Today, we woke up to snow :)! Now that is a rarity in Southern England, especially the part where I live – frankly, we always miss out! And I love snow! So this morning when I realised there was a white covering (and that’s all it was) I quickly threw on my hat and gloves and set out for the local heathland.
The pavements looked slippery so in order to make quicker progress I walked in the road and I soon reached the start of the woodlands that lead up to the open heath.
The path through the woods is a delight to walk. It winds in and out, up and down, a gently undulating and meandering route with glimpses of the heath beyond. The sun soon joined me on the pathway, and together we enjoyed an easy and picturesque stroll, stopping regularly to take in the views. Often it seemed, a robin also joined me, although I am sure it wasn’t the same robin………they all look alike, but aren’t they great companions.
Everything was covered in a layer of white fur, and each fence post wore a white cap, as if trying to keep out the early morning chill that hung in the air. And there was a chill! But at least it was a still day with no wind to help that chill to penetrate through the layers of winter clothing.
The paths were white but footprints revealed that others had passed that way before me, probably dog walkers out for their early sojourn before heading off to work. Retirement undoubtedly has its advantages and I am forever grateful that I am blessed with good health and am able to get out and enjoy the countryside! So many don’t have that privilege and I feel for them.
We are so fortunate in these modern times that these small oases of countryside in the urbanity that makes up most of the area are tended by the local wildlife organisations and volunteers. They work tirelessly to preserve what remains for all to enjoy. Evidence of their presence is seen regularly in the piles of logs and other paraphernalia.
Preserving heathland is a constant battle to keep invasive trees and shrubs at bay. Just the other day I chatted to the local warden who was clearing broken glass from one of the footpaths and she explained to me the strategy of using cattle to keep some types of plant at bay in order to encourage heather to grow because it attracts so many species of butterflies.
Climbing up onto the high heathlands gives a great feeling of open spaciousness, despite the fact that there are houses not too far away. You could easily feel that you are out in the wild country rather than in a town. Here, the snow had settled well into the worn grooves that make up the footpaths and with a blue sky as a fitting backdrop, you can’t help but stop and drink in the scene.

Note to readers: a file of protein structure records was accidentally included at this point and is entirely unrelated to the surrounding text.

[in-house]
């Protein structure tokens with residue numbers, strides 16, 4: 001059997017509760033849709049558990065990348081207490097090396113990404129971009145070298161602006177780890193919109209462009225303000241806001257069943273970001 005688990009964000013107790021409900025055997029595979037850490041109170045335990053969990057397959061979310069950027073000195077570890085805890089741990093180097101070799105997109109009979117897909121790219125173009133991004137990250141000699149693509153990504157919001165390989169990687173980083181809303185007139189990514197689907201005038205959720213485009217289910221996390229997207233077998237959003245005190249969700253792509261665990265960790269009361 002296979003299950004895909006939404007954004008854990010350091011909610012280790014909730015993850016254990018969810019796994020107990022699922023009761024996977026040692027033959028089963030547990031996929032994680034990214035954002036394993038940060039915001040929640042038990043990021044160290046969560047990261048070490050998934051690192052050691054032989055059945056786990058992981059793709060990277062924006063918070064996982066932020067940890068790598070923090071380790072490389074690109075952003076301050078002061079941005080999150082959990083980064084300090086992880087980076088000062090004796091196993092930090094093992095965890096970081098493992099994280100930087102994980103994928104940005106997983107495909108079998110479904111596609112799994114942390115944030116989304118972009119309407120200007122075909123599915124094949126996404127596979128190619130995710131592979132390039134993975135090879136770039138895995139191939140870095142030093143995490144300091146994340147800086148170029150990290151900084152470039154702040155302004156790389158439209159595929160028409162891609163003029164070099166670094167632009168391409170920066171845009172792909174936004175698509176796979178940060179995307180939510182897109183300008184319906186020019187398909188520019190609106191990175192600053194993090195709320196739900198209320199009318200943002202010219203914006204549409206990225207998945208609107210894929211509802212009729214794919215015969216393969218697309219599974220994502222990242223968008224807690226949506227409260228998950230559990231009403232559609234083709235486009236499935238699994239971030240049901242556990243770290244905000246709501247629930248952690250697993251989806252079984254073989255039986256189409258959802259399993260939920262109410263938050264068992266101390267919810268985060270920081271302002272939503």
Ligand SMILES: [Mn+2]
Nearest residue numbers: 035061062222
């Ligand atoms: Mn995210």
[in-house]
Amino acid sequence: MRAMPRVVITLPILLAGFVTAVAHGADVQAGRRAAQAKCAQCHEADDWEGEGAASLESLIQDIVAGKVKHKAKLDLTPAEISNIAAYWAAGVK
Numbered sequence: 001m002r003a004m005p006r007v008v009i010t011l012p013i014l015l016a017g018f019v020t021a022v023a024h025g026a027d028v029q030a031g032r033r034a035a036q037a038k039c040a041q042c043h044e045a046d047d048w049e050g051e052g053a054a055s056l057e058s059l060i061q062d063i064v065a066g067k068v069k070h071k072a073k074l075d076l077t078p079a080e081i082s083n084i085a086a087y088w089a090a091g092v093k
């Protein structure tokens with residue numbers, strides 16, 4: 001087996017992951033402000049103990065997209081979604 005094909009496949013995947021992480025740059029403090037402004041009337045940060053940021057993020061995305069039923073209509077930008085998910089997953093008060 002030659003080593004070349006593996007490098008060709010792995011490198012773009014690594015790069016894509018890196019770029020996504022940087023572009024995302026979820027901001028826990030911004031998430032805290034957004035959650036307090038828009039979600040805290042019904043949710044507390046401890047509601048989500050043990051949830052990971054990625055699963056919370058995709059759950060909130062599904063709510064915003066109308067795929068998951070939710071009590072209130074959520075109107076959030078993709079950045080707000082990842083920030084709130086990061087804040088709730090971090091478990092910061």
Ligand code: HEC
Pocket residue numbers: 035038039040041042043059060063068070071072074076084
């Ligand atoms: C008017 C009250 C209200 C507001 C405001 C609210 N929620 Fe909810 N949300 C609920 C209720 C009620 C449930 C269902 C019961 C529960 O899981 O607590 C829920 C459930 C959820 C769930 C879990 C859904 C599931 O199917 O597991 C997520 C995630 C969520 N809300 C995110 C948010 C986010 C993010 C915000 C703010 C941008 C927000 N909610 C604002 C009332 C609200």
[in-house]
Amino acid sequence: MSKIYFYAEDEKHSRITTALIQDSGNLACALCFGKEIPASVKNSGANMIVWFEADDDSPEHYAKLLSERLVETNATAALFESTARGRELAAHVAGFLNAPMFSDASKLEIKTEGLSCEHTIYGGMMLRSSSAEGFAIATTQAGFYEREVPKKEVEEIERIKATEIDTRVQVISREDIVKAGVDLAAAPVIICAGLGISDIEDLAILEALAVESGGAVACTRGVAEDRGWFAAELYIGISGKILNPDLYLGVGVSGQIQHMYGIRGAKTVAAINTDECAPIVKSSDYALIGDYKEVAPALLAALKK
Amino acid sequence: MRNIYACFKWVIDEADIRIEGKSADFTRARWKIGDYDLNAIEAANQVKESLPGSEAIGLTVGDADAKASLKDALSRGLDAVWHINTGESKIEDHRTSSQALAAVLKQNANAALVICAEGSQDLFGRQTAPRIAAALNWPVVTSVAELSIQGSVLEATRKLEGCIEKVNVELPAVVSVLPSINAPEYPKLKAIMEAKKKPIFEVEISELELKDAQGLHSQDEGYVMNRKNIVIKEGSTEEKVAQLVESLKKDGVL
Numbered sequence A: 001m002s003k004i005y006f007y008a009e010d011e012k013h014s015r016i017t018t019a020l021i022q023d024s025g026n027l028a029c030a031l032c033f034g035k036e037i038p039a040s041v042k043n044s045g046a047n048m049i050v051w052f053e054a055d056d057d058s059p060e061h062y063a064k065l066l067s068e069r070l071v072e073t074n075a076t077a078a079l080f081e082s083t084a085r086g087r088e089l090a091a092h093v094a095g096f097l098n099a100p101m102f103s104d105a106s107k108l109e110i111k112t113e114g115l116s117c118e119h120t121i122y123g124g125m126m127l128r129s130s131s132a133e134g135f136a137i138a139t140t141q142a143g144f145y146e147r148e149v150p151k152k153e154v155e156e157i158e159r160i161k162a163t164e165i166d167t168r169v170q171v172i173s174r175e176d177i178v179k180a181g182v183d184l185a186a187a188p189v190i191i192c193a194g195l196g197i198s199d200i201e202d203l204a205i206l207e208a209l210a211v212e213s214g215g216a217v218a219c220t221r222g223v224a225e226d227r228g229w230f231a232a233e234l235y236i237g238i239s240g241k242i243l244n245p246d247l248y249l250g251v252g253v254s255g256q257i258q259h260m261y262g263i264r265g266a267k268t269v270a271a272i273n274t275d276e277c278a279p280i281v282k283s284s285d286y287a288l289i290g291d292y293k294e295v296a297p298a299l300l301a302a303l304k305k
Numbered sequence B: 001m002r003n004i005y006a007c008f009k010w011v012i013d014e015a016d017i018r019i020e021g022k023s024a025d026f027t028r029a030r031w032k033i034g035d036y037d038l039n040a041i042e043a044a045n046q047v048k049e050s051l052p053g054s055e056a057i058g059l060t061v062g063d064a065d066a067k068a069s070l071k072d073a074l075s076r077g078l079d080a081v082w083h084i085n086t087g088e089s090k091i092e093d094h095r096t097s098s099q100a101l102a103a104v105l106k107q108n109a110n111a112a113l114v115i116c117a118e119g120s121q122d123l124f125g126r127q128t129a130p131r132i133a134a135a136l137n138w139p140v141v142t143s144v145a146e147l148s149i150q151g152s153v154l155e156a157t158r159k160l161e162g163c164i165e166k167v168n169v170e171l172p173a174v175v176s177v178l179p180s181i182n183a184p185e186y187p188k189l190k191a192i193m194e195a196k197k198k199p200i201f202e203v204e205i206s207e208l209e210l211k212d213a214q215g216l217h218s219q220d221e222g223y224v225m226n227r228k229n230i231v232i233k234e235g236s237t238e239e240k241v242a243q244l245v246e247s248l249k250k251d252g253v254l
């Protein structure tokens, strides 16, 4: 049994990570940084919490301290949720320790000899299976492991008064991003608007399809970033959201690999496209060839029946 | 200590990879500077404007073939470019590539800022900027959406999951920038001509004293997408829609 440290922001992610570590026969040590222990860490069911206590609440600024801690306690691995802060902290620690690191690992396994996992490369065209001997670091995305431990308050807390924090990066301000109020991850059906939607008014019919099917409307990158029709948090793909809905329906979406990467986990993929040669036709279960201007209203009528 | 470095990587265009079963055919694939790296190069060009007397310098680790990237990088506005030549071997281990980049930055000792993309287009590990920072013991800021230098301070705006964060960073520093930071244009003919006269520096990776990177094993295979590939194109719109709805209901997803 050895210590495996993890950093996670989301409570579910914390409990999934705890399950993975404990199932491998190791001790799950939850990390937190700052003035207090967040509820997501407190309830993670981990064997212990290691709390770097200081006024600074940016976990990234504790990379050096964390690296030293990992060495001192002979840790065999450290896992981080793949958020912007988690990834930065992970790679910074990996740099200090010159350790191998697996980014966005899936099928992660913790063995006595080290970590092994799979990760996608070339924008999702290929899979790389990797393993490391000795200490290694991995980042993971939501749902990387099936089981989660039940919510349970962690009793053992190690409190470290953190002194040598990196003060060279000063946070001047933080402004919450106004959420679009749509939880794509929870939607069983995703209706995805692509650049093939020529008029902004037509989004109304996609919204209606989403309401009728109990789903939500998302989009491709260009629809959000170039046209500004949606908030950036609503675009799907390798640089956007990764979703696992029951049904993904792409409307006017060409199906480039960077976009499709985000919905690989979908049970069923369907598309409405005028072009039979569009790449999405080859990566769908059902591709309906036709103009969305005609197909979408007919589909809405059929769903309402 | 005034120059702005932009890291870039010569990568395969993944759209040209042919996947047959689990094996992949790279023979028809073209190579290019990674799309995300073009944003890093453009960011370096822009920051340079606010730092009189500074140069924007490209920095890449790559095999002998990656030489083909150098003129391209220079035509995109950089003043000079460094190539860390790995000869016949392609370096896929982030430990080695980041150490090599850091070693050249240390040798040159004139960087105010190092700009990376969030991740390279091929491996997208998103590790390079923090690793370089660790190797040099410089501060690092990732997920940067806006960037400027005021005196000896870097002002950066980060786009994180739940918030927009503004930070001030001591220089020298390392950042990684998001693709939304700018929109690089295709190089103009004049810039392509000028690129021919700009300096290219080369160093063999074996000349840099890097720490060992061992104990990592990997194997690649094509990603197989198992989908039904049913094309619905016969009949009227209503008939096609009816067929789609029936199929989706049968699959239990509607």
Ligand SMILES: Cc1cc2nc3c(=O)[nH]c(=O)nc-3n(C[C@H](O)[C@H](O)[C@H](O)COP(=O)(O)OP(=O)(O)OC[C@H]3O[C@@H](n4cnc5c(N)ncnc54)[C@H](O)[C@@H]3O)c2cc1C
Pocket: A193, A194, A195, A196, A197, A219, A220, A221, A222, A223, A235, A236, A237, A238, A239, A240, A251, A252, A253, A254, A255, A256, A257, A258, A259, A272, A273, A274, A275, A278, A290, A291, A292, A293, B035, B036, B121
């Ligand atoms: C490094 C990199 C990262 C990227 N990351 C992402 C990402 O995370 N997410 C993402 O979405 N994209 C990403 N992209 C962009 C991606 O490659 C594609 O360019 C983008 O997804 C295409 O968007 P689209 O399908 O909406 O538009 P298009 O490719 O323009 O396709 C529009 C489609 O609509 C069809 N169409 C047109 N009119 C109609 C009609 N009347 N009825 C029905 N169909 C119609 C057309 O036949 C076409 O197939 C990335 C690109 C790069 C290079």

From this high vantage point, there are amazing views across the conurbation that is Poole, even reaching in the far distance to Poole Harbour and beyond. It’s strange but mention Canford Heath to a walker and they will immediately think of the heath on which I am stood, but mention Canford Heath to a non-walker and they will almost certainly think you are referring to the housing estate below me. I remember a time when all was heathland and I used to walk my dog for miles across it but I guess the need for houses overtook the need for open space.
Once again, I just feel gratitude to those who give time and energy to preserve these last vestiges of Dorset heathland.
Dropping northwards off the high heathland down one of the myriad criss crossing paths you can almost seem to hear the rumbling of Lady Wimborne’s carriage echoing down through the ages as she drove across what was her estate. Back in the 19th century, Lord and Lady Wimborne lived in what was then Canford Manor and owned most of the area. The carriageways that they drove are the footpaths we now walk.
Rain is far more a feature of our winters than snow, and there are still many waterlogged areas to negotiate……..although they do look quite attractive surrounded by snow, lovely stands of birch, and of course those long grass stems, a relic of last summer.
I have written often about the delights that can be found if we just keep alert to all that is around us and we so often miss things on the ground or up high. And even now in the depths of winter, there are reminders of an autumn long gone. Beautiful oranges and browns amidst the white and the mud.
With the gentle warmth of the sun, our transient layer of snow was already fading as I climbed up once again to the higher ground to make my way back. The very sun that melts the snow also brings out it’s pure brightness, making the paths stand out starkly from the darker surrounding foliage. A dog walker slowly makes his way up onto the heath, standing out, black against white with a beautifully atmospheric backdrop of winter light.
What a wonderful walk. Snow may not come often but it brings a completely different feel to our local countryside when it does…….even if it is but a brief visit.
Thanks for stopping by.
Until next time,
The Dorset Rambler.
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